Flu season is upon us. Here's what you need to know

Every year, we are urged to get vaccinated against the flu, but this year it is more urgent than ever.

Pre-filled M-001 universal flu vaccine syringes  (photo credit: BIONDVAX)
Pre-filled M-001 universal flu vaccine syringes
(photo credit: BIONDVAX)

Flu season arrived early in the United States, and according to data published this weekend by the Center for Disease Control and Prevention (CDC), the number of hospitalizations from the illness is higher than ever.

The CDC estimates that there have been at least 880,000 flu patients, nearly 7,000 hospitalizations and 360 flu deaths in the US this season alone. This week, the first death of a child from the disease was also reported.

A flu shot is still the best way to protect against the disease, experts say, and the best time to do it is right now.

As in previous years, the CDC recommended that people get a flu shot before the end of October. But flu vaccination rates are lower than usual for this time of year, and the reason for this is apparently the coronavirus vaccines given to many millions in the past two years.

The gap in immunity against the flu, as defined by the experts, is probably due to the increase in RSV cases, and the fact that vaccinated people can still get sick - but the purpose of the vaccine is to protect against the most serious outcomes and complications.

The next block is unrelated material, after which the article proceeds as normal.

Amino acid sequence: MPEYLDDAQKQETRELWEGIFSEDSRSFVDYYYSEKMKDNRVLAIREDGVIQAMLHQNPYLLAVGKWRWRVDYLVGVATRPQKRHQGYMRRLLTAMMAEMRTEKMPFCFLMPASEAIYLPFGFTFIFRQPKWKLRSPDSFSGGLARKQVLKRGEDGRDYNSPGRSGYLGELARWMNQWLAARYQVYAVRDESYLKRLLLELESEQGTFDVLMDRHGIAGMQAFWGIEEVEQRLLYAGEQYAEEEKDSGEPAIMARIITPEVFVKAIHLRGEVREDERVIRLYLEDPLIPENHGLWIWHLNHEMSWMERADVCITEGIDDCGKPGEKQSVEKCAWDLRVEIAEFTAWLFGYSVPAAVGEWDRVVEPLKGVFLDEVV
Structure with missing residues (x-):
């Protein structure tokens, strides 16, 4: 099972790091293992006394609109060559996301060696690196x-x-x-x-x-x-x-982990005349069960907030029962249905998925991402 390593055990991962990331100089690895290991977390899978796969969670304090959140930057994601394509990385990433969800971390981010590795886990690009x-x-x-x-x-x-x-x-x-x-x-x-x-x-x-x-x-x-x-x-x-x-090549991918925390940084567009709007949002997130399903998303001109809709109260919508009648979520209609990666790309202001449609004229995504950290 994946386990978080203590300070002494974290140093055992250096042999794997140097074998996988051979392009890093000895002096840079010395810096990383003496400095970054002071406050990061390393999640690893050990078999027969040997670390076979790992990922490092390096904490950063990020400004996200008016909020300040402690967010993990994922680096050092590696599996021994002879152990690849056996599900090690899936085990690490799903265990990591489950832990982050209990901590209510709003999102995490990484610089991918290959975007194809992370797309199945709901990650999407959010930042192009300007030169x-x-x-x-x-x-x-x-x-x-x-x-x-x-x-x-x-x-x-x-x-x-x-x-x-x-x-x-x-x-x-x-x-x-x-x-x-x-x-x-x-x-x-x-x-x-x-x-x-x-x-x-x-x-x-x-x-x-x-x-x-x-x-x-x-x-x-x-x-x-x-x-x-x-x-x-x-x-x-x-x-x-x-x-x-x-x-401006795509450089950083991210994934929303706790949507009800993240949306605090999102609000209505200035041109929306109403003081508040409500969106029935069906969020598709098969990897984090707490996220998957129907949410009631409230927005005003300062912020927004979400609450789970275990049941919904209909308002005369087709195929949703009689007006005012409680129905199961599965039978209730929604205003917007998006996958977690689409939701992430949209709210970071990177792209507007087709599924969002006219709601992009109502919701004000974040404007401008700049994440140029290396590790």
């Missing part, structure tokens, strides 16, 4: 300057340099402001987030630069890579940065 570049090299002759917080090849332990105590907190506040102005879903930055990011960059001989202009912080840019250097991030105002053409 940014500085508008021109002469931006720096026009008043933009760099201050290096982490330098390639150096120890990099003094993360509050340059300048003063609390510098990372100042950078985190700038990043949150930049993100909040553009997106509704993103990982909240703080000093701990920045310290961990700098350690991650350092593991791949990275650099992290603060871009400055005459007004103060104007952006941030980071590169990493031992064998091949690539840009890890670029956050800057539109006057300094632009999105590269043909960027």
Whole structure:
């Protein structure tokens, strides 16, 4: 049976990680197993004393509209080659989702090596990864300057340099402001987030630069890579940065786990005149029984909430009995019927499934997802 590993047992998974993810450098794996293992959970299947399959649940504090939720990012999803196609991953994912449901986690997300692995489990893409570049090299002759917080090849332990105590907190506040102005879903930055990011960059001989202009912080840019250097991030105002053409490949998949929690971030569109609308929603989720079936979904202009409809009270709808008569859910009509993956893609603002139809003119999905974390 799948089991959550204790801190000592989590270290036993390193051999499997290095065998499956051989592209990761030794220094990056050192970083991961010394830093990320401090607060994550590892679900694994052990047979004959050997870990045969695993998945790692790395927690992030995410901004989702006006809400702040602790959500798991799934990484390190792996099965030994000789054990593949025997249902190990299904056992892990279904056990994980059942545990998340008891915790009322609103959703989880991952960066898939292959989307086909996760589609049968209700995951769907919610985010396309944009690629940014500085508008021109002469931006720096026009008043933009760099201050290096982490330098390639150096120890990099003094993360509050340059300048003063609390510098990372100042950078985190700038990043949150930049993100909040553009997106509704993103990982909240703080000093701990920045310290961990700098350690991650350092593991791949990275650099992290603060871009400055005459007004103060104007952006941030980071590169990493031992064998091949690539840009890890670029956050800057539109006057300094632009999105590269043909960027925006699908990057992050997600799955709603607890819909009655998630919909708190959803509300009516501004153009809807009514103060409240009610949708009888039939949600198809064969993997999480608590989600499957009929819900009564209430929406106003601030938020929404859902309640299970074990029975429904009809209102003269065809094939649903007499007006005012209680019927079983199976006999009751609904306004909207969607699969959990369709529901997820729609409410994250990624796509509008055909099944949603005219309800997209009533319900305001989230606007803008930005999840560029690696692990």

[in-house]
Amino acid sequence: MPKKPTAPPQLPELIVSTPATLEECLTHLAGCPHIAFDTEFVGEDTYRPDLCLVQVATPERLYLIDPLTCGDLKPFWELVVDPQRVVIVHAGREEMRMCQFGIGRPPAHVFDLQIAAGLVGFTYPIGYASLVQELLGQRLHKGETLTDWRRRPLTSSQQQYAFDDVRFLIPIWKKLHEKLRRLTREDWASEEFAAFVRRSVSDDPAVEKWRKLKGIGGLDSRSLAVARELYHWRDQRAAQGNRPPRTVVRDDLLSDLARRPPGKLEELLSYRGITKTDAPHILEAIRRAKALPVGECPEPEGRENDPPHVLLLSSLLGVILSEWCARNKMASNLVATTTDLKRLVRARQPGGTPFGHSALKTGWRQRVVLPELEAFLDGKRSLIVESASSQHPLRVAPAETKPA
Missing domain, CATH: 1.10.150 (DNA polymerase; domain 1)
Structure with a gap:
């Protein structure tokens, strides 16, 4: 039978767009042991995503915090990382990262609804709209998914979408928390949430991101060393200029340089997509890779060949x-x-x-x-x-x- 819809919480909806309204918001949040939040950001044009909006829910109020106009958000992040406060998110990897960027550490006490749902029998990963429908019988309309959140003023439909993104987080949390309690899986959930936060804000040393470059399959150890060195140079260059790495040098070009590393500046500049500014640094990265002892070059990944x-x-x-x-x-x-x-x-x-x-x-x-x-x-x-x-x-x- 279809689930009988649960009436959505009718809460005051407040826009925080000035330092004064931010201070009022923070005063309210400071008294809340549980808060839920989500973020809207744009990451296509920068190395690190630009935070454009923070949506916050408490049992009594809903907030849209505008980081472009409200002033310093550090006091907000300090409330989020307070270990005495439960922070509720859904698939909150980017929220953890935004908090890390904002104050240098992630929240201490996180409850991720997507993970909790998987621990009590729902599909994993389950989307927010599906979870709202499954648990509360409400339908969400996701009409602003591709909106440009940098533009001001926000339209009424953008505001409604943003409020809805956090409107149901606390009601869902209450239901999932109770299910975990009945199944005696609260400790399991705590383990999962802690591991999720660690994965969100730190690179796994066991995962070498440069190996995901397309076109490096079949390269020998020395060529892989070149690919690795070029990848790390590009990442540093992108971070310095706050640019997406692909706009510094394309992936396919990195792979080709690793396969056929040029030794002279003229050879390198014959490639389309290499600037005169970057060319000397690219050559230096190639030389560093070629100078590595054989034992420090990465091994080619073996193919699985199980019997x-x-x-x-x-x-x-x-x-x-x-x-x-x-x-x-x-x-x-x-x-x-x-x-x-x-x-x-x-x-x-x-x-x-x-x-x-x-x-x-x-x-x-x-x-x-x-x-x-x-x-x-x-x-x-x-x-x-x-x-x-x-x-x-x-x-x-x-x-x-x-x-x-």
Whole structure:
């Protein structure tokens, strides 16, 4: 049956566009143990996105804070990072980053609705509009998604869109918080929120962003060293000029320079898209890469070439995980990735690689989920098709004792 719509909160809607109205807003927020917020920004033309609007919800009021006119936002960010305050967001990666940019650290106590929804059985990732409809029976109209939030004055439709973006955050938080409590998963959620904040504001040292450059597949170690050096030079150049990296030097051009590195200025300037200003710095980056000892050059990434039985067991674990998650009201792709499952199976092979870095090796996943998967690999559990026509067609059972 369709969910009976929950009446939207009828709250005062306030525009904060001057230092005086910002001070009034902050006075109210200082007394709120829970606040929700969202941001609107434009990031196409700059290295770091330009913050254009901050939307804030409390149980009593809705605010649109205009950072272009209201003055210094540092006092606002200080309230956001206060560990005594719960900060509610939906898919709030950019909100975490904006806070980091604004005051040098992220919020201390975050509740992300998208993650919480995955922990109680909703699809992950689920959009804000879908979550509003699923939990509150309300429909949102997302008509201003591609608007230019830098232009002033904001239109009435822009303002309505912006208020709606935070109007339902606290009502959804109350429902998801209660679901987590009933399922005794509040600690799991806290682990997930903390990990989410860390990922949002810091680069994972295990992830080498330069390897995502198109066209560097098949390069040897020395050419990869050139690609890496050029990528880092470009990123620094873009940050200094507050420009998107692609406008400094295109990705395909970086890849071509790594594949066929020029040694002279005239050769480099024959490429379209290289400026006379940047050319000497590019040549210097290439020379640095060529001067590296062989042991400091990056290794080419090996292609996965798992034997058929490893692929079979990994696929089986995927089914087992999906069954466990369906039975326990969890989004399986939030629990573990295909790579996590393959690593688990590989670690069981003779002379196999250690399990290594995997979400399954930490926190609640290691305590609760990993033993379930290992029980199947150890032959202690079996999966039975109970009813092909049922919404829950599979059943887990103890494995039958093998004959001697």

An image of the virus that causes COVID-19, created by the CDC (credit: Courtesy)An image of the virus that causes COVID-19, created by the CDC (credit: Courtesy)

How effective is the vaccine?

The CDC, in a statement, explained that although the flu vaccine is "not perfect," it does protect one from the more serious outcomes, such as hospitalizations and even death.

As a result, they recommend getting all children over six months old vaccinated. Although the concern about the flu is always justified, this year the worry is higher than in previous years because the flu has not been as prevalent the past few years amid the coronavirus pandemic, meaning everyone is entering this coming flu season with less immunity and protection due to prior infection.

People at risk of complications from respiratory diseases, including the elderly and people with weak immune systems, should see a doctor as soon as they start to notice any symptoms, as there are treatments for coronavirus and the flu that offer additional protection against complications of the diseases, the experts of the CDC added.

Stay safe and stay healthy!